Multi-sensor data fusion for ambulatory health monitoring: signal processing and deep learning techniques

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Title: Multi-sensor data fusion for ambulatory health monitoring: signal processing and deep learning techniques
Authors: John, Arlene
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Date: 2022
Online since: 2022-11-07T16:03:41Z
Abstract: With the increasing popularity of wearable IoT devices, there is a growing demand for health-related parameter estimation using wearable sensor signal processing. This is further exacerbated by the increasing cost of healthcare, at a rate of 4-6\% over the past several years, outstripping average economic growth. Continuous monitoring of physiological signals using wearable Internet of Things (IoT) sensors for early detection and preventative action is widely considered a solution to tackle the costs and risks associated with these issues. An important challenge in wearable health monitoring is the low and unpredictable quality of the signals obtained from the wearable devices due to noises such as motion artifacts, muscle noise, etc. Fusing data from multiple sensors has emerged as an efficient solution to overcome the challenge of low signal quality, occasional loss in information, or spurious data. This is commonly known as multi-sensor fusion wherein information obtained from multiple sensors is fused to achieve improved data interpretation accuracy over that of using a single sensor source. In this thesis, various data fusion techniques are developed for wearable sensing applications, with the goal of proposing a generalizable fusion framework for wearable health monitoring. This thesis explores a serialized approach to developing a generalized fusion framework. This is achieved by developing multi-sensor data fusion algorithms for signals of the same modalities in the initial stage. This fusion approach is applied to the heart rate estimation problem through the fusion of electrocardiogram (ECG) signals. The heart rate estimation fusion approach is further generalized to the fusion of multi-modal signals for temporal inferencing. To carry out the fusion process based on the real-time quality of the acquired signals, a metric called signal quality indicator is developed which can be used for quality assessment of any quasi-periodic signal. The proposed fusion architecture was applied to the heartbeat detection problem using ECG and photoplethsymogram (PPG) signals to showcase the merits of the fusion architecture. Further, a fusion framework for signals sampled at different sampling frequencies for temporal inferences was developed. The advantage of this framework is that no padding/ resampling process, which can increase computational costs, was used to aid the fusion process. The computational complexity of the proposed framework was studied to analyze the suitability of its deployment in wearable IoT sensors. The developed fusion framework was applied to the sleep apnea detection problem by fusing ECG, peripheral oxygen saturation (SpO2), and abdominal movement signals. Finally, a fusion framework is proposed, wherein the fusion of multi-modal data can be carried out at variable information abstraction levels which is automatically learned by the fusion algorithm, depending on the application at hand. This framework was applied to the atrial fibrillation detection problem through the fusion of ECG and PPG signals. This fusion framework can be considered as the generalized version of the fusion frameworks already developed in this thesis. The research presented in this thesis thus establishes the potential of data fusion methodologies for improved inferences in wearable physiological signal monitoring devices and the fusion frameworks developed can be applied to other analogous classes of problems.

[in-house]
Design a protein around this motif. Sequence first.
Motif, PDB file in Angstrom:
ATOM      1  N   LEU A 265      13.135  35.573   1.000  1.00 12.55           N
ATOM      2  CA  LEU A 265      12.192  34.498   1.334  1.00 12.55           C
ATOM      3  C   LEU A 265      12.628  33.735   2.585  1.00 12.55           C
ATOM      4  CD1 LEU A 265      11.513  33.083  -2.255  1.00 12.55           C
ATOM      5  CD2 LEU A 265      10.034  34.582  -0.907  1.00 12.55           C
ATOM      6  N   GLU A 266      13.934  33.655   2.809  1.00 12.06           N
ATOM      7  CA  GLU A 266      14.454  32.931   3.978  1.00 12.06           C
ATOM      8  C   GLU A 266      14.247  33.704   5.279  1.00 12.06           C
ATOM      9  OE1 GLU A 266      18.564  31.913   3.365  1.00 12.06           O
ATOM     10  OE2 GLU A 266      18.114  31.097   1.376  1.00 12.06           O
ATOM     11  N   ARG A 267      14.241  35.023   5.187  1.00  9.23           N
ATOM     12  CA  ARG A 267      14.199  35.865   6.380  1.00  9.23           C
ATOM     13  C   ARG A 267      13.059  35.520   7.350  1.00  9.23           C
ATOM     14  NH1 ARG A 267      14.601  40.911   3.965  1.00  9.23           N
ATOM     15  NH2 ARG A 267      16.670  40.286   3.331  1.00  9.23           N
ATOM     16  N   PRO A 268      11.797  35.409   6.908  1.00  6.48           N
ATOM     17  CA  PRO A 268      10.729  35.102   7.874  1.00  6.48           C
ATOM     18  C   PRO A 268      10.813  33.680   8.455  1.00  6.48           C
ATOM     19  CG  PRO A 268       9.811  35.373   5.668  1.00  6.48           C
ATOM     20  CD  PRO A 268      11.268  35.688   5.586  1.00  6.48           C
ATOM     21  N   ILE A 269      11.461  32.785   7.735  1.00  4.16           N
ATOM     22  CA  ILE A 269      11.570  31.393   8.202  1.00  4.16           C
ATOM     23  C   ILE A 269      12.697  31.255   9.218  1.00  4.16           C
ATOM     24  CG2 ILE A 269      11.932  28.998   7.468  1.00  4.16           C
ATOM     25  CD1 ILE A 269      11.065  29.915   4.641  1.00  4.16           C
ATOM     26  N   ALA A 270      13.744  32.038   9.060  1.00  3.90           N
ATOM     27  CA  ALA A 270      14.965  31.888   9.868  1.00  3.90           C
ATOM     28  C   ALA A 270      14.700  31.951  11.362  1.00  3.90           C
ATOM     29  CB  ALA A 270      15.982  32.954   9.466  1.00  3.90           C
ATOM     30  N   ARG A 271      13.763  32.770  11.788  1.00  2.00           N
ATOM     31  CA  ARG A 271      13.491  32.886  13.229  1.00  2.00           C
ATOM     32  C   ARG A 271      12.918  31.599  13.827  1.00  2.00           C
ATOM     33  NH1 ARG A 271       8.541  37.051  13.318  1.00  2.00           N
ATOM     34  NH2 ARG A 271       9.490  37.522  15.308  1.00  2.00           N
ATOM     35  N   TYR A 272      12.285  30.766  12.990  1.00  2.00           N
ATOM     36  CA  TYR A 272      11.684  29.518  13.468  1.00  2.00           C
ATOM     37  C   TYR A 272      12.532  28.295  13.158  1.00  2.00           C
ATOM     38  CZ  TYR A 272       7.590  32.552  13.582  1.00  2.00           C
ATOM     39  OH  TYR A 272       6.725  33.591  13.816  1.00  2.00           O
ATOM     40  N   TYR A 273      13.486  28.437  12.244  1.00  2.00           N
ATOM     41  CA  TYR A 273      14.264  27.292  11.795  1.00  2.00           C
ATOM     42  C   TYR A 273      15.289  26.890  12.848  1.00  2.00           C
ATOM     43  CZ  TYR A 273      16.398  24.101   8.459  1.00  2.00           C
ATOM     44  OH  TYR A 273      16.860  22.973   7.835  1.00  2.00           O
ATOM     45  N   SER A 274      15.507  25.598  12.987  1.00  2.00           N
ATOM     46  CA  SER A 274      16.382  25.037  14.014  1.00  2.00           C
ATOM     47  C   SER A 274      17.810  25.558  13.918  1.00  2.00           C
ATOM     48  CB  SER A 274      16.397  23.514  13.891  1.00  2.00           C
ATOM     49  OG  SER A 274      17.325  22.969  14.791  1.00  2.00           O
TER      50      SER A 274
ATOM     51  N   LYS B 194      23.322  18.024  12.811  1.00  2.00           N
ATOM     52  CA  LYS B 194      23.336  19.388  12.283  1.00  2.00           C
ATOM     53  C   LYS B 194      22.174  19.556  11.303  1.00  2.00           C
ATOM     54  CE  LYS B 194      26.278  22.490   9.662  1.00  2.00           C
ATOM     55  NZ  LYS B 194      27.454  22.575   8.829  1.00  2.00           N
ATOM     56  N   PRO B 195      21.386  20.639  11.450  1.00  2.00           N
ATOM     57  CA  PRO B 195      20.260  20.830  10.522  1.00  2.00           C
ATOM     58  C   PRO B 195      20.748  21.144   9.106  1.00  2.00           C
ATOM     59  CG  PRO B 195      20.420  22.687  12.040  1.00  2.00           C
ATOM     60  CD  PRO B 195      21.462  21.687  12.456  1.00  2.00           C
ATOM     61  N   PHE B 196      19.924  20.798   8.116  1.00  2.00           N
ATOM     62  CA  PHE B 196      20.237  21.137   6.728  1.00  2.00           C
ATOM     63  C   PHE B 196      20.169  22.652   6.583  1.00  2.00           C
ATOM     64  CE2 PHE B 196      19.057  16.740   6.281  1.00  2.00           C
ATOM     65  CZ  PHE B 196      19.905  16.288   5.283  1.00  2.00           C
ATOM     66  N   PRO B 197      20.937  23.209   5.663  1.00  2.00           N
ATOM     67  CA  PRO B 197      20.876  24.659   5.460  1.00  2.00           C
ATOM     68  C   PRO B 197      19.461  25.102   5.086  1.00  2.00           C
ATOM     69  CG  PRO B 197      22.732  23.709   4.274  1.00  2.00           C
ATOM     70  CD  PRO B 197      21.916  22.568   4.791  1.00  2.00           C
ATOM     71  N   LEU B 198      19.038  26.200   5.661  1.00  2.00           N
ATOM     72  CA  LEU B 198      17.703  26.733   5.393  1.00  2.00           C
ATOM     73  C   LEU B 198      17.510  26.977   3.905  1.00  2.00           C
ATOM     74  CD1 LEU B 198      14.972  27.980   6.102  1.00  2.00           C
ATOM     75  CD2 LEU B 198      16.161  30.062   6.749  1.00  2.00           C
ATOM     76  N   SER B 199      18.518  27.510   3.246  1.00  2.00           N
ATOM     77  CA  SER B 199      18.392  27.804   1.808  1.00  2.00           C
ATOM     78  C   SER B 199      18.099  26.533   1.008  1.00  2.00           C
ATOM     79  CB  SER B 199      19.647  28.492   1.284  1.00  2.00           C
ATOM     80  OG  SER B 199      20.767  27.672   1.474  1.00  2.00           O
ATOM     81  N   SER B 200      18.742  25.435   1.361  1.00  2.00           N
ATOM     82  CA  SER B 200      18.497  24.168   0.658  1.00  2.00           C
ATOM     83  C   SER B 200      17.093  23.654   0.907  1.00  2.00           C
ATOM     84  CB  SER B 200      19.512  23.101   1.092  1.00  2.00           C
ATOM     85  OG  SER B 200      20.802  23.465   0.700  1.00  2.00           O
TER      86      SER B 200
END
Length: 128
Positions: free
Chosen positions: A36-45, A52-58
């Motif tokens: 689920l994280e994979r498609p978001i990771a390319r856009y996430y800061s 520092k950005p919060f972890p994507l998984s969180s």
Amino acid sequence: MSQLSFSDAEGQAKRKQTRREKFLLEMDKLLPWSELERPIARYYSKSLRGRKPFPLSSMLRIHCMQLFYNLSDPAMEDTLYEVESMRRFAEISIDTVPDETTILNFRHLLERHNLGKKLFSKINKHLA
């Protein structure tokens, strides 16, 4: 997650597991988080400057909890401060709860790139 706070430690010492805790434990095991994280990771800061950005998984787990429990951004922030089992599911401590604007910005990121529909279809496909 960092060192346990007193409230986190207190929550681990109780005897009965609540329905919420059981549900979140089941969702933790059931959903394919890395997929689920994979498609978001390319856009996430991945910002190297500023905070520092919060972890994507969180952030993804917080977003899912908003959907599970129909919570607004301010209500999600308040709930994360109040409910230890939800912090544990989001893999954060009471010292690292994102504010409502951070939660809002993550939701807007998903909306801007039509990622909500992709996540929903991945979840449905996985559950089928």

Type of material: Doctoral Thesis
Publisher: University College Dublin. School of Electrical and Electronic Engineering
Qualification Name: Ph.D.
Copyright (published version): 2022 the Author
Keywords: Multi-sensor data fusionSignal processingDeep learningConvolutional neural networks
Language: en
Status of Item: Peer reviewed
This item is made available under a Creative Commons License:
Appears in Collections:Electrical and Electronic Engineering Theses

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